Tobin Murphy-Coles: I think government has a part to play in that as well. If what we pay into the pension scheme is effectively the net cash that we have left over at the end of the month once we’ve done everything that we need to do, there are a number of things, and salary sacrifice is one of them, that the government allows us to do to make things a bit easier for us, like the provision of child care.
Louis Parperis: I think the government actually should consider giving companies who provide independent financial advice to employees who are about to examine the annuity market, I think giving a tax break to companies for that, which is one of the most complex and complicated decisions that anyone is ever going to make, I think that would be money well spent and would at least give me some greater confidence.
Tobin Murphy-Coles: I think that should apply not just at annuity stage. Any financial advise in the workplace, I think, there should be as many breaks and benefits as possible in that respect.
Richard Wilson: And certainly not a P11D charge.
David Burton: But part of the long-term strategy has also got to be getting people to think about what retirement actually means. It’s not age. It’s nothing to do with age. It’s hopefully when you’re ready. But people in the future are going to have to think about working longer. By 2020, I can’t remember the figures, I think it’s 20 percent of the population who are retiring will not have enough income to retire on. They will rely on selling their property, relatives and savings. So the problem is already there.
Kevin O’Boyle: One of the key concerns I have with NEST, and I would support compulsion because auto enrolment and re-auto enrolment are just a waste of time, you may as well just bung them money in the first place and be done with it, is at the rates that people pay in it produces virtually nothing. And even if you put in the maximum £3,500 you’d be lucky to get a pension of £100, £150 at retirement. All that will do, and obviously it depends on the welfare state in the future, is disenfranchise you probably from means testing. There’ll be some form of means testing and support for the poorest people, so these people are really throwing away their money. And having aid that, international experience suggests that when governments start with a low employer contribution they soon find it’s not enough and force it up and Australia is a prime example.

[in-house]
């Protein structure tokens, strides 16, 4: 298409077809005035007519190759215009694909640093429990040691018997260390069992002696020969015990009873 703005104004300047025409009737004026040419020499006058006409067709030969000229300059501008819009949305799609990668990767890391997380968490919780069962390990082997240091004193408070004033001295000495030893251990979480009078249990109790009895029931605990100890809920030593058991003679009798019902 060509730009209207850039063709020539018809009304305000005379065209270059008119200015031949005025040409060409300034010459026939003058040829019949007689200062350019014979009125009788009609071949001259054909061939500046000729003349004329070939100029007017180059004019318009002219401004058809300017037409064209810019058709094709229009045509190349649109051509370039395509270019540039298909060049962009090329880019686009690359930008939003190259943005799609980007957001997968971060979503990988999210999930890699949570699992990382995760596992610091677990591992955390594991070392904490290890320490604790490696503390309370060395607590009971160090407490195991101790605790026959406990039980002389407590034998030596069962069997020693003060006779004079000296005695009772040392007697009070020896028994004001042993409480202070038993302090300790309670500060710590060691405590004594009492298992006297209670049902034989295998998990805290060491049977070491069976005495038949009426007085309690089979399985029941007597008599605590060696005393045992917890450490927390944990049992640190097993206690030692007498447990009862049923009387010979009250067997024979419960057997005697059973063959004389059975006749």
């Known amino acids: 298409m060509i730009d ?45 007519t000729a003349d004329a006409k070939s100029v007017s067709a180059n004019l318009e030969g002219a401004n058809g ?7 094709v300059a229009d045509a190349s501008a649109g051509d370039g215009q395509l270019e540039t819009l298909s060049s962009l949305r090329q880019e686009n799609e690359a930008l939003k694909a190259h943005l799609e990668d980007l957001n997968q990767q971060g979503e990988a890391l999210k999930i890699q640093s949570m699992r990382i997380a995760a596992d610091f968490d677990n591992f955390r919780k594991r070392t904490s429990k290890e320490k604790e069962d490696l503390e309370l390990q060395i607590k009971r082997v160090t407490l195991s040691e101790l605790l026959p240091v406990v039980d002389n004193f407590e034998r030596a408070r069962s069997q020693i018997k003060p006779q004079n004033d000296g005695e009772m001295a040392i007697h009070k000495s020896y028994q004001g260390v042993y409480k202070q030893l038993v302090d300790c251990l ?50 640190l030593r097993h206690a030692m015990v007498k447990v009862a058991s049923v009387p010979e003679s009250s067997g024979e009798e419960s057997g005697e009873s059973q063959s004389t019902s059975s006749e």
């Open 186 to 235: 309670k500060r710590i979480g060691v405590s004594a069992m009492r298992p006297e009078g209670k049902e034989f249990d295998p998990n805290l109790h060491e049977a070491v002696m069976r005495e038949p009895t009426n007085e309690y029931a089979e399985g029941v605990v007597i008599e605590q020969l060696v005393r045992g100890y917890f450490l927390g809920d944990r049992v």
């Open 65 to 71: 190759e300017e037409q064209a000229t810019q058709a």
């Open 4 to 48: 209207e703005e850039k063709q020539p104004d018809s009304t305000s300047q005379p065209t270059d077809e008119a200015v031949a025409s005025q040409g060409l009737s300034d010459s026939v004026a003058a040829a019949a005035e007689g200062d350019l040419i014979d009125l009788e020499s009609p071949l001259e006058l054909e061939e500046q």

Should Government take more of a role in terms of pushing the incentives and pushing the advantages of getting involved with a pension?
Logan Anderson: There’s definitely a role for public service announcements. We still have a publicly funded broadcasting association in this country and the BBC and ITV have both got a responsibility in that respect. If we spent anyway near as much time promoting saving as we allow for party political broadcasts, that would be a great thing. In fact, if we replace one with the other, that would be an even better thing as far as I’m concerned.
Louis Parperis: We’ve changed people’s behaviours about things like wearing seatbelts.
Is it a case of people still thinking that the state will pick up the tab at the end of the day?
Louis Parperis: Of course they do. And it can’t do. It just can’t do.
So do you think it’s an overreaction from FSA and regulators in regards to what can be said when they’re advising people?
Tobin Murphy-Coles: It’s like all things in life, with any industry sector, there are people that represent the sector really well, there have been people that have let the sector down. And we need a regulator, don’t get me wrong; absolutely. But there has been an overreaction to some of the negative things going over here. Which actually now is to the detriment of some of the good things that the businesses, employers, consultants, IFAs, pension companies are trying to do.
Logan Anderson: In pension legislation terms we’ve had a lot of sledgehammers to crack a lot of nuts. If you ask pensions professionals what’s the one thing that the government can do to help the pensions profession, it’s stop. “Just stop doing what it is you’ve been doing and the tampering that you’ve been doing for so many years!”
Tobin Murphy-Coles: The first thing the regulator should try and avoid is this using a sledgehammer to crack a walnut, kneejerk reaction to something bad happening over here, in the minority, which affects the majority in the way that they’re trying to run the businesses. That’s an immediate change that needs to happen.